International Experts' Meeting on Radiation Protection to Discuss Lessons and Challenges from Fukushima Accident
- Story Resources
- Video: Radiation Protection After Fukushima Daiichi Accident, 13 February 2014
- Photo Gallery: IEM VI, 17 February 2014
- Meeting Information
- IEM VI - Radiation Protection After Fukushima Daiichi Accident - IAEA Announces Chairman
- IAEA Action Plan on Nuclear Safety, 13 September 2011
- In Focus: IAEA Action Plan on Nuclear Safety
- In Focus: Fukushima Nuclear Accident
The Tohoku earthquake on 11 March 2011 and the following tsunami that crippled the Fukushima Daiichi Nuclear Power Plant has brought to the forefront important challenges facing the international radiation protection regime.
As a result of the disaster, and in line with the IAEA Action Plan on Nuclear Safety, the IAEA is hosting an International Experts' Meeting (IEM) on Radiation Protection after the Fukushima Daiichi Accident: Promoting Confidence and Understanding. The IEM will be held in Vienna from 17 to 21 February 2014 and will bring some of the world's foremost experts and speakers on radiation protection to discuss a wide range of issues. Topics include the management of radiation exposures, potential health effects from the Fukushima accident, land management and public communication. Lessons from past accidents will also be reviewed. Chairing the IEM will be Mr. Sigurdur Magnusson, Director of Iceland's Radiation Protection Authority.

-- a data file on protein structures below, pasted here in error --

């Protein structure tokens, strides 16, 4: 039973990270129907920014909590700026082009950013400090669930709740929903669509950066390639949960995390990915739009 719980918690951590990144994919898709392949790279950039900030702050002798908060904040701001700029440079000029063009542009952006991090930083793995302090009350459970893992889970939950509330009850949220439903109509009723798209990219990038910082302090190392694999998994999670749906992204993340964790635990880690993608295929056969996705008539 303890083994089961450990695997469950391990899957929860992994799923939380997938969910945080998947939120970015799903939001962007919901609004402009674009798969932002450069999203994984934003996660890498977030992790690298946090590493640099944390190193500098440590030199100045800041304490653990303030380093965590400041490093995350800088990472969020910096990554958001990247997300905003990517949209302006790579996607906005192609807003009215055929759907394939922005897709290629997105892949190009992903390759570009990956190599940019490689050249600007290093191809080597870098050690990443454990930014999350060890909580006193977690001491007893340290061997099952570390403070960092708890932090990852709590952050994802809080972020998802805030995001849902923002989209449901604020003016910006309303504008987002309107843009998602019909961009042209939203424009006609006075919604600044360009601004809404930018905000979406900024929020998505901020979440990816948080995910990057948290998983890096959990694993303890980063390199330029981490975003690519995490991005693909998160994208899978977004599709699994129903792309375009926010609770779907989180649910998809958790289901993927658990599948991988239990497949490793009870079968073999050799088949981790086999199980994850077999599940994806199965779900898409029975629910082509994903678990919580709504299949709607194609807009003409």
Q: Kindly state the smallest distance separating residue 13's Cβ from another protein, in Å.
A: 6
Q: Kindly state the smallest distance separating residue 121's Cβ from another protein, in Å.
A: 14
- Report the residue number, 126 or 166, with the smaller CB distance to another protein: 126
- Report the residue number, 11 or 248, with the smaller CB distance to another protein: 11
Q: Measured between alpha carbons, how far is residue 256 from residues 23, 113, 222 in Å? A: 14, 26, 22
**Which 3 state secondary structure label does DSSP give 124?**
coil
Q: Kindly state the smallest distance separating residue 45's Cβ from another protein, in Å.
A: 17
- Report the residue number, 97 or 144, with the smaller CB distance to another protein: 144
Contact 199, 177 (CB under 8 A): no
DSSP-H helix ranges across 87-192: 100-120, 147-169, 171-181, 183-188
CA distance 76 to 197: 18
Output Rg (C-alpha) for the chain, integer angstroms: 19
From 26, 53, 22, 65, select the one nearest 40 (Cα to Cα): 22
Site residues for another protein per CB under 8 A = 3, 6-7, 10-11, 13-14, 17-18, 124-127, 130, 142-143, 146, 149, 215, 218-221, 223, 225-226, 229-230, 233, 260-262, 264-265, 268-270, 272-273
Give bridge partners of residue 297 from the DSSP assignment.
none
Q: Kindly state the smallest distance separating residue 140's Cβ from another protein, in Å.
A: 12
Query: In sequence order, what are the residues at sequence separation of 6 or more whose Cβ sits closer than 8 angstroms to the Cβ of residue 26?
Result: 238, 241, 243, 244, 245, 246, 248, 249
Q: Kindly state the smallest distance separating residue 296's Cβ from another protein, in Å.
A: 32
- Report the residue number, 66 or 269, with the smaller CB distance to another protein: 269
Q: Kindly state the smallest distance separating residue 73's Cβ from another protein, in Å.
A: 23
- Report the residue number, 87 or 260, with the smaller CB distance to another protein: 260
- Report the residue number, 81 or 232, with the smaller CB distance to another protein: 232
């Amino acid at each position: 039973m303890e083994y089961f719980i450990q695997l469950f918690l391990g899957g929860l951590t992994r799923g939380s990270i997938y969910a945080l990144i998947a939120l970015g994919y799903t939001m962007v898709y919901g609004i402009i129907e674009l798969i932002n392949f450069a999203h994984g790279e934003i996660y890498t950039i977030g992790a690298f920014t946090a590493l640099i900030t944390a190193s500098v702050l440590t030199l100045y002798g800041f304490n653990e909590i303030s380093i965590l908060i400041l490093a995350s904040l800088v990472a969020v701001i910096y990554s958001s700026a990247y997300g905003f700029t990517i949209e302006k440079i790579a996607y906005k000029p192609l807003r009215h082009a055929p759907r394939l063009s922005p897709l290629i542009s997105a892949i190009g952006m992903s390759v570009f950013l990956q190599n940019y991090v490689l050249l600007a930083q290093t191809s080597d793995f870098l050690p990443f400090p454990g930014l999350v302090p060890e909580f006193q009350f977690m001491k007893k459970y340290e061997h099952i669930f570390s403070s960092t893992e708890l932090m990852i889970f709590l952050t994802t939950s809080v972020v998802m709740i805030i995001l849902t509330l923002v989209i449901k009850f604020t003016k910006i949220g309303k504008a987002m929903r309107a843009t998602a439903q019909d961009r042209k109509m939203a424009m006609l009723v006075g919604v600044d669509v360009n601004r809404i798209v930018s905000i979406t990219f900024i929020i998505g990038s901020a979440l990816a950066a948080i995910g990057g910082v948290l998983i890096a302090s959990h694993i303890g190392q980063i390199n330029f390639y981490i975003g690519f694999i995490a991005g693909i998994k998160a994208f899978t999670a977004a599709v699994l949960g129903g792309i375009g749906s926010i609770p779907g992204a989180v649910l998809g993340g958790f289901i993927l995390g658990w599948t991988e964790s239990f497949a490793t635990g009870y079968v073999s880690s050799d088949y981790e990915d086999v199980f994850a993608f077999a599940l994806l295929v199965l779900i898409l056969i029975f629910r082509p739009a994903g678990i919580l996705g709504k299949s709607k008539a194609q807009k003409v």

The accident at Fukushima alerted the global community to the need to fully implement safety standards in order to be able to effectively manage, in a timely manner, any possible future accident and its aftermath. The IEM will focus on the following areas:
- Identifying the key radiation protection issues to be addressed by the international community;
- Enhancing long-term strategies in response to nuclear or radiological accidents;
- Assisting Member States in reviewing and updating their radiation protection programmes as appropriate; and
- Supporting the IAEA's work in the area of radiation protection.
The meeting will also highlight the intergenerational responsibility for radiation protection: plans that are being drawn up today will need to be implemented by the scientists of tomorrow. With this in mind, the meeting is promoting the participation of young, radiation protection professionals from around the world who can share their thoughts on solutions to the issues that need to be addressed.
A formal report is expected to be published after meeting; the presentations and discussions at the IEM will also be made available on the IAEA website.
--by Michael Madsen, IAEA Office of Public Information and Communication
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